On October 4, 2012, my husband and I, along with the rest of our team from Fedora Outlier, LLC will be giving a presentation in Macon, Georgia at the Georgia Academy for the Blind. Our presentation is based on the outline of skills provided in the Expanded Core Curriculum for individuals that teach the blind and visually impaired. Inquisitive minds want to know, how can the Expanded Core Curriculum help my blind or visually impaired child?
Let me explain briefly what the Expanded Core Curriculum is. Every child is expected to meet the guidelines of the “Core” curriculum such as Math, Language Arts or History by the time they graduate from high school. However, it is imperative to teach the blind or visually impaired student additional skills that are essential to their specific disability. The ECC includes such skills as Orientation and Mobility, Independent Living skills, Social Interaction and other skills that are crucial to the blind or visually impaired student if they are to lead a productive and independent life as an adult.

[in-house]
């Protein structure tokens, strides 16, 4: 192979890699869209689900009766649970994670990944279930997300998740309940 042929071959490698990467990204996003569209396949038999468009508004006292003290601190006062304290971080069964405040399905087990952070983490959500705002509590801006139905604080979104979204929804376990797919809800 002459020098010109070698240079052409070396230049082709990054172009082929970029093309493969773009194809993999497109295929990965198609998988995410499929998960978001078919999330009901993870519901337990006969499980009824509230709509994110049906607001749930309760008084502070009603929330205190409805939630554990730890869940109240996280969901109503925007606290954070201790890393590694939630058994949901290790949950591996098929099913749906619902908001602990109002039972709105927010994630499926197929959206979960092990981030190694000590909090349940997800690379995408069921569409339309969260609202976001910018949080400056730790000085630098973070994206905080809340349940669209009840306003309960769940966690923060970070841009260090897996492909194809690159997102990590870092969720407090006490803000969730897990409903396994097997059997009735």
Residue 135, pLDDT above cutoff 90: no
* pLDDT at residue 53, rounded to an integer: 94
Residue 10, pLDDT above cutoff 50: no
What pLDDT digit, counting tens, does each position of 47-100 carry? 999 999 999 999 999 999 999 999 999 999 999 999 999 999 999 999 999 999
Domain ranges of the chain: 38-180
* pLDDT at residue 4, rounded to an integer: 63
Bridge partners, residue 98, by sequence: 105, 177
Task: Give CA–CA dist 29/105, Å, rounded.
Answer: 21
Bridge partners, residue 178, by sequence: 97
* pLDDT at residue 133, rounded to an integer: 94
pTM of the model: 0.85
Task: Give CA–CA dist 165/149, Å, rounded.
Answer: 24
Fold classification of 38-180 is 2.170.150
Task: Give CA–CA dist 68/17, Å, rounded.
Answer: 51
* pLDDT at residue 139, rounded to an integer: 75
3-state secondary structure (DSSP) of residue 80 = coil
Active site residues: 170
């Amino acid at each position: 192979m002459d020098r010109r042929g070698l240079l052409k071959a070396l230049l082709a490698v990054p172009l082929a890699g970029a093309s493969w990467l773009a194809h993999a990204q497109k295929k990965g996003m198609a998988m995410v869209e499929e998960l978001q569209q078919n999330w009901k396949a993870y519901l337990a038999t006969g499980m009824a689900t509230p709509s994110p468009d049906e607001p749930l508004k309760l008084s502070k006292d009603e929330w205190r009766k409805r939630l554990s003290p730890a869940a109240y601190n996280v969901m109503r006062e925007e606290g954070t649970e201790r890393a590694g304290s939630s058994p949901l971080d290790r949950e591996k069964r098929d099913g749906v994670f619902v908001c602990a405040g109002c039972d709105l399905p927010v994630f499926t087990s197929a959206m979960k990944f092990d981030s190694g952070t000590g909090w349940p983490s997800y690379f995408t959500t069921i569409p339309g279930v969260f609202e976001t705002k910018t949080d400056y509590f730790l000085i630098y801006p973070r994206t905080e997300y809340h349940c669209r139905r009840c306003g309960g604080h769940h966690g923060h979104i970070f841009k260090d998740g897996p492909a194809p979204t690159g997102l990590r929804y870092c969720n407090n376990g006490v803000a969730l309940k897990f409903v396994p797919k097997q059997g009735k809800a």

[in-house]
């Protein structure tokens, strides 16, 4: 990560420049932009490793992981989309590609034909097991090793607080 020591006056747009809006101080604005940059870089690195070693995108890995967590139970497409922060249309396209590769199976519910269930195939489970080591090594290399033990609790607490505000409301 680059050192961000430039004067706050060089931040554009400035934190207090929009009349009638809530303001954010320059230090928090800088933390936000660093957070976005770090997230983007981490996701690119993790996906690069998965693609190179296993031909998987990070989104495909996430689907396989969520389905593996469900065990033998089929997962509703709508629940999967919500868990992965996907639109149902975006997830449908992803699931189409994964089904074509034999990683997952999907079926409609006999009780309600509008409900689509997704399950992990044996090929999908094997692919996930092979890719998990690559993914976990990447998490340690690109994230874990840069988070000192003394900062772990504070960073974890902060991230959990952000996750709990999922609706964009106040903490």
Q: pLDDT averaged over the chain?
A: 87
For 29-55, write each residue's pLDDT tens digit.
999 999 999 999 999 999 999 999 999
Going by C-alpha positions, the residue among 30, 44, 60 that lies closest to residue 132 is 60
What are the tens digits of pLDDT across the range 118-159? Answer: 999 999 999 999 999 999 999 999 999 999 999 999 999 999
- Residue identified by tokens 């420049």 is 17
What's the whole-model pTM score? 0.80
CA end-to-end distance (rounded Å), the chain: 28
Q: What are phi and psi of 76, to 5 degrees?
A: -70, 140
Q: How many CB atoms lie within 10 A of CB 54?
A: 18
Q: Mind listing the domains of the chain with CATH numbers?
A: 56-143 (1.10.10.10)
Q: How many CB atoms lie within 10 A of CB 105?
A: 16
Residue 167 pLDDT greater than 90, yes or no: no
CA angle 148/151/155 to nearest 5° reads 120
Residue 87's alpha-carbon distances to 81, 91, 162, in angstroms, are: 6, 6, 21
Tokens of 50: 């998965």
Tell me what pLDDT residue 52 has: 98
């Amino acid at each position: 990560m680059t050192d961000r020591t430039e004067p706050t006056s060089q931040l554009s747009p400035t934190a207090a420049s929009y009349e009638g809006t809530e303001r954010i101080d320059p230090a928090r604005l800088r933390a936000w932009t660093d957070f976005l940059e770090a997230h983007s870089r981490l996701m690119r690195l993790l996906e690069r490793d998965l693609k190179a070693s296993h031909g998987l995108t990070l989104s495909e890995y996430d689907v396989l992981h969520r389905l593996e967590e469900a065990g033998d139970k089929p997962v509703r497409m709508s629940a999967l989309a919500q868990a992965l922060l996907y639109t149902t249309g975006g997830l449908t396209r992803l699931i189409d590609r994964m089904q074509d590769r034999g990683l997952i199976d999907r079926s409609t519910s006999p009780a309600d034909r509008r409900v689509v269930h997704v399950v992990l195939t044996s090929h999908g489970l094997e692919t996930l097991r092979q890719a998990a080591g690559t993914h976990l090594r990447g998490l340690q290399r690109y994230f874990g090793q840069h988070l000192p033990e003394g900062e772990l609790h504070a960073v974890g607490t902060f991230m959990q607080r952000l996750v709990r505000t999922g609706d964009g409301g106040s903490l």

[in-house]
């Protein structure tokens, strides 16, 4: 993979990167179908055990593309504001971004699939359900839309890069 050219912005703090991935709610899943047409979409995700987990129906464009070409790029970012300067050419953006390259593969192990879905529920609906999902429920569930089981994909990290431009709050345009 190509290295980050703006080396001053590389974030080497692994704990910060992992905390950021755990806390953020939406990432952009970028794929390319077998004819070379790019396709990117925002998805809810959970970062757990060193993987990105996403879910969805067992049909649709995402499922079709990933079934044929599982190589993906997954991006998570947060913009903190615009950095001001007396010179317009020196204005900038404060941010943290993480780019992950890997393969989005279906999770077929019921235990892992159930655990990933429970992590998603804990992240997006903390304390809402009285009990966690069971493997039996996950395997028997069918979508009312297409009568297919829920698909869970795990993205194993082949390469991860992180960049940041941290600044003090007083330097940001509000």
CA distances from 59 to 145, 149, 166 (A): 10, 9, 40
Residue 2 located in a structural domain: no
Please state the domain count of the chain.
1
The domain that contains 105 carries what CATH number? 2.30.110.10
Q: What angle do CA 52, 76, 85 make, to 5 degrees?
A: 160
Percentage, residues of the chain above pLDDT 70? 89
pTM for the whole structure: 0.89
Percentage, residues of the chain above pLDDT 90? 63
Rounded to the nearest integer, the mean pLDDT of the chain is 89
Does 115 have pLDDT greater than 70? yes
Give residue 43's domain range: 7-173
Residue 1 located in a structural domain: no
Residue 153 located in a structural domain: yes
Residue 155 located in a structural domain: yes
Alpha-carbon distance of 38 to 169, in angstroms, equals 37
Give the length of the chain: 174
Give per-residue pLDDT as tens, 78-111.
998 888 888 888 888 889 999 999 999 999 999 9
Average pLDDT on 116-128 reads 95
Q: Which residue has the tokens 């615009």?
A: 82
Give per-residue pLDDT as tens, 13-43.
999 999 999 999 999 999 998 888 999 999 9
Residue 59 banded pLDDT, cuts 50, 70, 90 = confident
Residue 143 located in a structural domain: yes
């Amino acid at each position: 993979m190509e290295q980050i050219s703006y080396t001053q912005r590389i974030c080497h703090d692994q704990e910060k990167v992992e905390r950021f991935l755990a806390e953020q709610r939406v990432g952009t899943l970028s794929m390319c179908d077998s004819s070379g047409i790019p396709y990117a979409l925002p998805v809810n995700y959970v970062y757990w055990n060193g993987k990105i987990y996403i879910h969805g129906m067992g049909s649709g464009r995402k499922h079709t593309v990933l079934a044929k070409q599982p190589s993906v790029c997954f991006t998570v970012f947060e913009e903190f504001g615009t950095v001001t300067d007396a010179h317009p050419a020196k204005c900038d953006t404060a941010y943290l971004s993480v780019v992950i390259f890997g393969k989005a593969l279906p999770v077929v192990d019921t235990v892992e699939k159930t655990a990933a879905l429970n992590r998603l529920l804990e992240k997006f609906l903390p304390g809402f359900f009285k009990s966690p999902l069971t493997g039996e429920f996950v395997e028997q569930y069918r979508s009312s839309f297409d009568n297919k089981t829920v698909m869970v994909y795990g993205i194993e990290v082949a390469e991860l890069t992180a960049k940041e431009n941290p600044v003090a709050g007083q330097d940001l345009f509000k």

I know from personal experience that having the skills that the ECC includes along with the academic core is vital to a blind or visually impaired student.
I attended high school in a small town of north Georgia where I was the only visually impaired student in the entire county. My vision teacher at the time worked for several counties and I would only receive her services about once a month. Though the high school that I attended did the best they could to mainstream me, it eventually became necessary for me to attend the school for the blind in Macon, Georgia.
While attending the Georgia Academy for the Blind, I received daily orientation and mobility training in which I learned to use a white cane. I learned to navigate the campus and surrounding streets independently. In my Independent Living skills class, I learned to sew and cook simple meals using tactile methods to complete my tasks. And when it came to Social Interaction, well that is where I blossomed, gaining the confidence and self-esteem that I was not receiving at my mainstream school.
That was nearly twenty-five years ago. Today, education for the blind and visually impaired student has greatly improved by leaps and bounds. With the aid of assistive technology, adaptive equipment, the increase of vision teachers and programs such as the Expanded Core Curriculum, it is possible for the blind or visually impaired student to achieve their goals and dreams.
It may be necessary for the blind and visually impaired student to learn and interact socially using different methods. However, it is important for the educational professionals, parents and the student themselves to know that it is all right to “color outside of the lines.”
What are your thoughts about the Expanded Core Curriculum? Let me know what you think by leaving me a comment below.